Wednesday, July 9, 2008
Portland is crazy right now about raising poultry and I have three hens myself, so how did I end up driving across town on a bright, windy morning to a chicken choking? (I use the phrase literally so you can take your dirty minds to another blog right now.) Last Tuesday I taught Seth and Matlida how to kill chickens. As kid on a NC egg farm this was a regular occurrence. I was surprised back then and remain surprised at how calm and passive the animals become as you prepare them. They run like hell to avoid being caught but settle way down into themselves once you take hold of them, even as you grip the feet, tighten your hand round the neck, and give a sharp twist. Seth and Matilda (who is 13) went about the killing with a gentleness that came from both respect and inexperience. The roosters may have been strangled more slowly than is kind but they barely resisted. Without much struggle by man or beast, their eyes closed, their wings flapped in an empty imitation of flight, then they were still. Off came their heads, up went bodies for bleeding, and we set about plucking. Their skin was warm under our pinching fingers and loose feathers caught the light and mingled with the pollen blowing in the air.
Monday, July 7, 2008
Last year I spent the 4th in a Wal Mart parking lot watching fireworks with the rest of Herkimer NY, but also watching my father wrestle with Post Traumatic Stress disorder against a back drop of flashing lights, bomb sounds, and a brightly lit sign on the side of the store that read, in blood red script, ALWAYS. His face was impassive, a sure sign of struggle.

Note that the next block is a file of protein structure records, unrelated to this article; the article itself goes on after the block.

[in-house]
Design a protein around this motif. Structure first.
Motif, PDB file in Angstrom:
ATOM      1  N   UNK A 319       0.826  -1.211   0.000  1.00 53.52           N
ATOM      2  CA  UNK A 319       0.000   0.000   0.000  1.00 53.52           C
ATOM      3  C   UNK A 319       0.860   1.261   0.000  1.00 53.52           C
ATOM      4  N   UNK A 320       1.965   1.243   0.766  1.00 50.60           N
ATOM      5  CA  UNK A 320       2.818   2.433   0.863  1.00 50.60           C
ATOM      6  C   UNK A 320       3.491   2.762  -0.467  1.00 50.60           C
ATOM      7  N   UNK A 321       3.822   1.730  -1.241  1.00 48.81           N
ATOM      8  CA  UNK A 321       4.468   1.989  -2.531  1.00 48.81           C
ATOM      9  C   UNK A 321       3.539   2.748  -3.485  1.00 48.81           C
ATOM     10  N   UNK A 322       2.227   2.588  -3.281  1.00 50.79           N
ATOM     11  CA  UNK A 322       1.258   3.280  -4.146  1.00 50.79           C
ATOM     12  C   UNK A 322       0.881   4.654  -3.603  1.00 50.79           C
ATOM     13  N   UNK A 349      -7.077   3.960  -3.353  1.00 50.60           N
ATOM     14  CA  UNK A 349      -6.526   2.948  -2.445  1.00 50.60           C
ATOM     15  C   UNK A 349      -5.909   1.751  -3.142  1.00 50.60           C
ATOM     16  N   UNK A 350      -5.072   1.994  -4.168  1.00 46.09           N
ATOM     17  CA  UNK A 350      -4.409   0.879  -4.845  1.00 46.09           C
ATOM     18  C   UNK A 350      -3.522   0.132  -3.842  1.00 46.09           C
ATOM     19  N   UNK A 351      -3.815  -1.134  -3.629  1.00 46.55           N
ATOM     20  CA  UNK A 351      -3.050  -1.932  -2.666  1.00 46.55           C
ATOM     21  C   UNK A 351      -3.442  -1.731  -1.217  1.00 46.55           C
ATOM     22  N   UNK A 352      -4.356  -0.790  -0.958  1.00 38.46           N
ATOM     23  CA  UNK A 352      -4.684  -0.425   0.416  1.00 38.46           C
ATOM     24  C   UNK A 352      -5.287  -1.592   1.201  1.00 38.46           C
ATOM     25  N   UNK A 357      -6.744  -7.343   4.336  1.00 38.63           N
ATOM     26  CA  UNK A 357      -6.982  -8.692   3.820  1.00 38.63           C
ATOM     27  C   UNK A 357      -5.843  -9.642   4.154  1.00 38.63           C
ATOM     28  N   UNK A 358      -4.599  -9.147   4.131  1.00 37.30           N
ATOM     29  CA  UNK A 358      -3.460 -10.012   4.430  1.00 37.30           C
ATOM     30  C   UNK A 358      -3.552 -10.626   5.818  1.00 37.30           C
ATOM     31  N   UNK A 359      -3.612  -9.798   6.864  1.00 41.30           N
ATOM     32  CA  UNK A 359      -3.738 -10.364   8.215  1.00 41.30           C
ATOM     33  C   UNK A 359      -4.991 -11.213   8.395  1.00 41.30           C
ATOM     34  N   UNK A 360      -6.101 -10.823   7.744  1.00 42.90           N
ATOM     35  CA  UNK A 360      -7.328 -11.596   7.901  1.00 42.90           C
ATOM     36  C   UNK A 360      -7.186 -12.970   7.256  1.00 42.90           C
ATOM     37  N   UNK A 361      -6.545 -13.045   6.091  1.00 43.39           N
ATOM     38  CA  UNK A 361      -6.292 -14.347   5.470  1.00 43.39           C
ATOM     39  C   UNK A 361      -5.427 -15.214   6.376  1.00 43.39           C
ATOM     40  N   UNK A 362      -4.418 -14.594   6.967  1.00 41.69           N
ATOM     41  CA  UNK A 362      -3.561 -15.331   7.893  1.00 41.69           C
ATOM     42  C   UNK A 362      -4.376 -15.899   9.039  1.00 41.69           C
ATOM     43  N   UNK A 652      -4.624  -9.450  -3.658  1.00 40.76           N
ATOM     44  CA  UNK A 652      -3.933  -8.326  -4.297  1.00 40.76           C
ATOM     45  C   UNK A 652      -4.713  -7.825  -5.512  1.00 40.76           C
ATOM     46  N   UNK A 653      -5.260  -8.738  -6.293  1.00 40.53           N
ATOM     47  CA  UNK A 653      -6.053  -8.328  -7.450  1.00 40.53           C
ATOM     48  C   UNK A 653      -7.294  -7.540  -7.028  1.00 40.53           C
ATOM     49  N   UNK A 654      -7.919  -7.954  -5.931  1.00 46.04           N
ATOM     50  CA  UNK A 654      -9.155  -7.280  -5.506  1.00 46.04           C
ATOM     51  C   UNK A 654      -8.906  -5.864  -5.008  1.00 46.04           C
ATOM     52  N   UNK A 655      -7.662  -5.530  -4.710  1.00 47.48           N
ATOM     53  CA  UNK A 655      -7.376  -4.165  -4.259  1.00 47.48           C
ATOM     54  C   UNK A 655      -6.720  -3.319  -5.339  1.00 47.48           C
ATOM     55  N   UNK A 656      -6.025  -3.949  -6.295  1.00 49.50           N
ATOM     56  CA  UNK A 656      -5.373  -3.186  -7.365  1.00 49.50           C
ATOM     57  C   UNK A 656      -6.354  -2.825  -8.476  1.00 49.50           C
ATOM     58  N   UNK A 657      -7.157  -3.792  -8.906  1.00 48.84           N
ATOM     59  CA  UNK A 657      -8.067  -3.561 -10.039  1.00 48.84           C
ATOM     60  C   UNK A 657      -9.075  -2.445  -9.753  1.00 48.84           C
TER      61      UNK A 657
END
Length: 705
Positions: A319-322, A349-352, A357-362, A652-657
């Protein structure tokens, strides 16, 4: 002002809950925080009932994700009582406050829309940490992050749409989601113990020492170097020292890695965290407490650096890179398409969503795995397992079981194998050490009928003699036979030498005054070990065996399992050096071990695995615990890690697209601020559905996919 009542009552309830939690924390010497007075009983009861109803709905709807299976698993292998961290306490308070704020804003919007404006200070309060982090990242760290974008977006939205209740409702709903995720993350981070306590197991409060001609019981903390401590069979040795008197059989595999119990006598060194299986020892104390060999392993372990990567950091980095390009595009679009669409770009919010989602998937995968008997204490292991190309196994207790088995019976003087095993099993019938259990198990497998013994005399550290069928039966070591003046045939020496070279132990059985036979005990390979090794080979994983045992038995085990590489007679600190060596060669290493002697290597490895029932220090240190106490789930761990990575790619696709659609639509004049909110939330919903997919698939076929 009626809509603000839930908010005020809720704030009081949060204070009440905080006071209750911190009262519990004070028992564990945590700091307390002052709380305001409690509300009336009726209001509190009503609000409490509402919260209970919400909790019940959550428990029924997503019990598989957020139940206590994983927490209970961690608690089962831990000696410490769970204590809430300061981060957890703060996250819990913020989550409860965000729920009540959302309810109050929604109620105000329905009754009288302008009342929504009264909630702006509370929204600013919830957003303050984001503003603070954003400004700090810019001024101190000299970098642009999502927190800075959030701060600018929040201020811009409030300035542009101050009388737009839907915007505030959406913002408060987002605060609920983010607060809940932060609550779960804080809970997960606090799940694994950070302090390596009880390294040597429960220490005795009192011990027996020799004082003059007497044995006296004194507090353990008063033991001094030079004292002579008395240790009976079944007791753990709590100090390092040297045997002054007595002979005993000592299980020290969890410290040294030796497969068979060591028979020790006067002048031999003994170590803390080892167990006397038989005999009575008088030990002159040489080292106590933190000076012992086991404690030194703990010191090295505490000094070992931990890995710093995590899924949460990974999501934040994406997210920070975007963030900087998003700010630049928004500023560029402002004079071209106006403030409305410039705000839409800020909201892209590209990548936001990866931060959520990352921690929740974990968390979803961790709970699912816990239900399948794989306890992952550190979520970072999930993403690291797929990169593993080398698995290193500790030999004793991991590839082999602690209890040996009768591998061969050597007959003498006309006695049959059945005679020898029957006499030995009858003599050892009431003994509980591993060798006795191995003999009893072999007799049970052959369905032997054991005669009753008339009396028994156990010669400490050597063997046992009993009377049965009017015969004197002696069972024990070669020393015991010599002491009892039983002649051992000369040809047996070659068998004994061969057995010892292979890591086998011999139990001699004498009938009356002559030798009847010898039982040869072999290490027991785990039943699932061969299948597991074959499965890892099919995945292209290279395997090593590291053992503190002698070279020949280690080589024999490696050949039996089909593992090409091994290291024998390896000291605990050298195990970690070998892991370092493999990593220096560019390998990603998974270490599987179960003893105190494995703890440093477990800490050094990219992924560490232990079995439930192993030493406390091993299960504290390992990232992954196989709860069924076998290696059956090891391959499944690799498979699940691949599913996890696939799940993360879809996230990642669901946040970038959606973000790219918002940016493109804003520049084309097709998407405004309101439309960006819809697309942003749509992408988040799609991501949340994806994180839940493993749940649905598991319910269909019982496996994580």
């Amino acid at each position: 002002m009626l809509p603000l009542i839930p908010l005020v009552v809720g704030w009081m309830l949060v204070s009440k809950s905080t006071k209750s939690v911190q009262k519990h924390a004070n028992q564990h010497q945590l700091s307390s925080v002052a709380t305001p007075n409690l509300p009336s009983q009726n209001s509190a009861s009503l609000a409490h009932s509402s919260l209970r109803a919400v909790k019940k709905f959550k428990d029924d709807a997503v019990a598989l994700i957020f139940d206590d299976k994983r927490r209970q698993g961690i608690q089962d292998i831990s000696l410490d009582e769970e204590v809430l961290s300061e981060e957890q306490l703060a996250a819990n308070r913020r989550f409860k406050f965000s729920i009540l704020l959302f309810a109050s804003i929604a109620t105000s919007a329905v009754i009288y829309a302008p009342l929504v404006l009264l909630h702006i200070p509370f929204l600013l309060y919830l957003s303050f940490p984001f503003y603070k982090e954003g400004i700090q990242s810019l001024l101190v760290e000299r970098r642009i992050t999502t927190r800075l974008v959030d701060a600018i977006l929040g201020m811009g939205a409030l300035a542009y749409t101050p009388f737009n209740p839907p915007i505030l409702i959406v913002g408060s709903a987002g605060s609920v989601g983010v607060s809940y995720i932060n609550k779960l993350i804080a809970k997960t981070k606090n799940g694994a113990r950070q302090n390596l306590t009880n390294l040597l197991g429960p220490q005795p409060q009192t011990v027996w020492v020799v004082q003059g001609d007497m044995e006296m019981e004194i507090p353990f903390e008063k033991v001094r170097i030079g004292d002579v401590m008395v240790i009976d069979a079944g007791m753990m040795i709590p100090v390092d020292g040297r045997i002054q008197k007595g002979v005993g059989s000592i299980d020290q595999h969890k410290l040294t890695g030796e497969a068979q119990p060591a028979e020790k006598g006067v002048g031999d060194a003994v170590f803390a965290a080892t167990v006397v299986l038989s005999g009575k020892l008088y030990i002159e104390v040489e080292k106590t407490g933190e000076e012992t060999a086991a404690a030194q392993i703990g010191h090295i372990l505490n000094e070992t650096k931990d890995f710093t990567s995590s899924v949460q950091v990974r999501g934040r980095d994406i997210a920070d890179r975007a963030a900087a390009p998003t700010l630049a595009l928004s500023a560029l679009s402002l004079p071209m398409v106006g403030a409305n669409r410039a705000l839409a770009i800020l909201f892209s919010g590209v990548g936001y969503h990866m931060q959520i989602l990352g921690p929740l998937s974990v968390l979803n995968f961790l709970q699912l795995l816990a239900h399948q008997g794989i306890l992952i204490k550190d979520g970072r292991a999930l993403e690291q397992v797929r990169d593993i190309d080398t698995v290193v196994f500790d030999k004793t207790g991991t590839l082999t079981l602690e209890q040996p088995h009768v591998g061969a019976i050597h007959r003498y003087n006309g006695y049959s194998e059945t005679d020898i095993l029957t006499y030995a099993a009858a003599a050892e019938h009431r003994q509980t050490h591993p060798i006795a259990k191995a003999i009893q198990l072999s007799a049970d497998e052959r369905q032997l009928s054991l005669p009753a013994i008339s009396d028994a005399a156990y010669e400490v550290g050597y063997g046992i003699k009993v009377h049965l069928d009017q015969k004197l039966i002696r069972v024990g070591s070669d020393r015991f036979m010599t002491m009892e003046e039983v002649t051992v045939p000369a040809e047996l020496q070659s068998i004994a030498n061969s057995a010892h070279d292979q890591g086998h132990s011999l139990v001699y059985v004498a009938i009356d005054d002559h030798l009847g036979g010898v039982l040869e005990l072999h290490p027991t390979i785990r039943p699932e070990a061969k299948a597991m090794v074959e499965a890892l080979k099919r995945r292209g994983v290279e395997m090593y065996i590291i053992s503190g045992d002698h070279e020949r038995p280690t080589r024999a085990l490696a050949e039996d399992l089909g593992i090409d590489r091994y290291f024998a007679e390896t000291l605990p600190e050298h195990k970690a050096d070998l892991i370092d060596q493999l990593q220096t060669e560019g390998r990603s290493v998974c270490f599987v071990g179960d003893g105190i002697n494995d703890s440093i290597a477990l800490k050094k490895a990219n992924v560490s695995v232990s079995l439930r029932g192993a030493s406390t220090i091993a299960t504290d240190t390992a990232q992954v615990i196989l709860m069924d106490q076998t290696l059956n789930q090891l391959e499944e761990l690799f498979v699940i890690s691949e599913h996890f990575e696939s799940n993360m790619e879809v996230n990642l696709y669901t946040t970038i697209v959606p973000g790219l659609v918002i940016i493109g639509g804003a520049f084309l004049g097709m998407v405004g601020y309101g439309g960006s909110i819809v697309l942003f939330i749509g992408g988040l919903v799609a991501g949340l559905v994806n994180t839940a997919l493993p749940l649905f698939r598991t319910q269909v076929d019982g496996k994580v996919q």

So you’d think that fireworks and warfare (and retail as well) would be permanently linked in my mind, but not so. This year each candy colored missile found me jumping, shouting, slugging beer; each bang and blast turned me to a happy, violent child, with no thought beyond the burning color and sound. If any memories slipped into this quick flaring present, they were of my father arriving home in his cop uniform with a load of confiscated fireworks, smiling and launching bottle rockets from the gravel driveway.
Today however, after a good look through the headlines, the only memory of the celebration that keeps its quick flaring innocence intact, is a scene from the park, long after the big fireworks had finished. Through the heavy trees and gunpowder haze, kids twirled sparklers in the distance, calling to mind an illustrated story of willow-the wisps, a half remembered, but still ominous sermon on Ezekial’s wheels and the beauty of Star Wars’ lazers when I was 11. Shadowy bodies moved around the spinning lights. A Roman candle launched with a whistle and struck the side of an immobile train.